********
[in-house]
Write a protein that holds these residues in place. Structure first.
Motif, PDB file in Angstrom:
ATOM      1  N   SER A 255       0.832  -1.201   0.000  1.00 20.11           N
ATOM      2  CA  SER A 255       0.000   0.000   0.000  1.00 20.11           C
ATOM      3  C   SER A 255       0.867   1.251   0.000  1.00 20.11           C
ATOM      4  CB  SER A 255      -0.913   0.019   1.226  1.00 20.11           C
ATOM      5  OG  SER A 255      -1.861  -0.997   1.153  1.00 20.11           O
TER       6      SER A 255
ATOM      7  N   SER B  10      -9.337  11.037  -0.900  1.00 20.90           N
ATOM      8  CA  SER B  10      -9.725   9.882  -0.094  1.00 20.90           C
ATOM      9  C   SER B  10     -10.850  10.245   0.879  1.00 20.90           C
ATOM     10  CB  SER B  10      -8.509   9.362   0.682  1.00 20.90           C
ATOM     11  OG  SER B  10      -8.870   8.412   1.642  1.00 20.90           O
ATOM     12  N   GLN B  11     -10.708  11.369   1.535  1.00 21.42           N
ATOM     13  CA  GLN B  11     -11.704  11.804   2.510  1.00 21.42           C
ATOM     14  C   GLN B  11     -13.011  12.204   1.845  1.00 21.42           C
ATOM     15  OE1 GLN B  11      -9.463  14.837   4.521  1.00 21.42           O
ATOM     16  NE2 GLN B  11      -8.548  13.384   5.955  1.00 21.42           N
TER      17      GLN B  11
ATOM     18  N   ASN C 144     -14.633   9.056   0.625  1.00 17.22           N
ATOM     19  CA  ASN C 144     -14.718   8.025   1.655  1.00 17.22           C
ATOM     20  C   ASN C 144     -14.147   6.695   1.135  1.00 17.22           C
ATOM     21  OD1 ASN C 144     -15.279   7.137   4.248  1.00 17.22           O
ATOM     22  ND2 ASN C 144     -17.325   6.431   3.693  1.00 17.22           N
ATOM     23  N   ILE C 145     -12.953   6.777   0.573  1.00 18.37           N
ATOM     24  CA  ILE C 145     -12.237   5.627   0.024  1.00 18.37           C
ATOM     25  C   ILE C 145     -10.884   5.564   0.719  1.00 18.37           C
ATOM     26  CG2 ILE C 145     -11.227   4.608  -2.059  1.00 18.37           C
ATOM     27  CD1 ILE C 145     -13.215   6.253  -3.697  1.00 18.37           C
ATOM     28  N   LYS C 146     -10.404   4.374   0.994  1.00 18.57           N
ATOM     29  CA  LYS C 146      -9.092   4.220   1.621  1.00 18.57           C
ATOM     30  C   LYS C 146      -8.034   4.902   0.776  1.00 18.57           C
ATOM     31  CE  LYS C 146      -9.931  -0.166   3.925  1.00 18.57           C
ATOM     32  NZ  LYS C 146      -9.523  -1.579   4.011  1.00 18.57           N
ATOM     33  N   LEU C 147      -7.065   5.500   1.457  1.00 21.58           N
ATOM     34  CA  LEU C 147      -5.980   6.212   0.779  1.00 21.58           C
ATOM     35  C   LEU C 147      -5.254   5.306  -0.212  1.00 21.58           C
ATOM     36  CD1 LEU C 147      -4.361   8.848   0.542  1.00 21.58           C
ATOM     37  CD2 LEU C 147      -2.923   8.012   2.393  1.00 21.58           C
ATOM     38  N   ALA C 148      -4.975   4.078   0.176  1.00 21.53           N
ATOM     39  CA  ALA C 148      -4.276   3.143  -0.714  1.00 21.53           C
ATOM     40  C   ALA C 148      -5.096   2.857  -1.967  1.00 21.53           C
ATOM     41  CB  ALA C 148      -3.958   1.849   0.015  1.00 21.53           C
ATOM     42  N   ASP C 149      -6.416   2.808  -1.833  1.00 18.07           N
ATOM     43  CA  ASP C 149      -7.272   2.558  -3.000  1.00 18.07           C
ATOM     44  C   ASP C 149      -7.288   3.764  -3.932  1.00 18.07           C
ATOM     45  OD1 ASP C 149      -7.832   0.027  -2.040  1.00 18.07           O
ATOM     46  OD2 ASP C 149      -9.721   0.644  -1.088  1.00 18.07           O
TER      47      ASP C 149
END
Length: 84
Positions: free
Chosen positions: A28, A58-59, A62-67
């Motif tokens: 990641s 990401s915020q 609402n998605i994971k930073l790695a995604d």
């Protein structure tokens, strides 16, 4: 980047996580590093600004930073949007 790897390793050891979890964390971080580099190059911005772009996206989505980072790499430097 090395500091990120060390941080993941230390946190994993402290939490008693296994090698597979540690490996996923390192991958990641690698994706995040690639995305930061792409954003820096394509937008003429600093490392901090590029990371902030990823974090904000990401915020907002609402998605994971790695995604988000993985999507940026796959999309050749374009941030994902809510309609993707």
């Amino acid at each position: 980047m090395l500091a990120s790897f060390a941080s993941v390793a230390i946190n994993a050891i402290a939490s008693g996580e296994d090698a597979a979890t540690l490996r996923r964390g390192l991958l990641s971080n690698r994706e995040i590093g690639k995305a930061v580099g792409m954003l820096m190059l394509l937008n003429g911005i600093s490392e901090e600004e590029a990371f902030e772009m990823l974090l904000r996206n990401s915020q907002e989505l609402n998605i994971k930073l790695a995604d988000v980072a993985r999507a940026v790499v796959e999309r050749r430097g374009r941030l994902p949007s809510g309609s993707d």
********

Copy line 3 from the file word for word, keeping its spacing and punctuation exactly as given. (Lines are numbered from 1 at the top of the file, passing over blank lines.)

Motif, PDB file in Angstrom: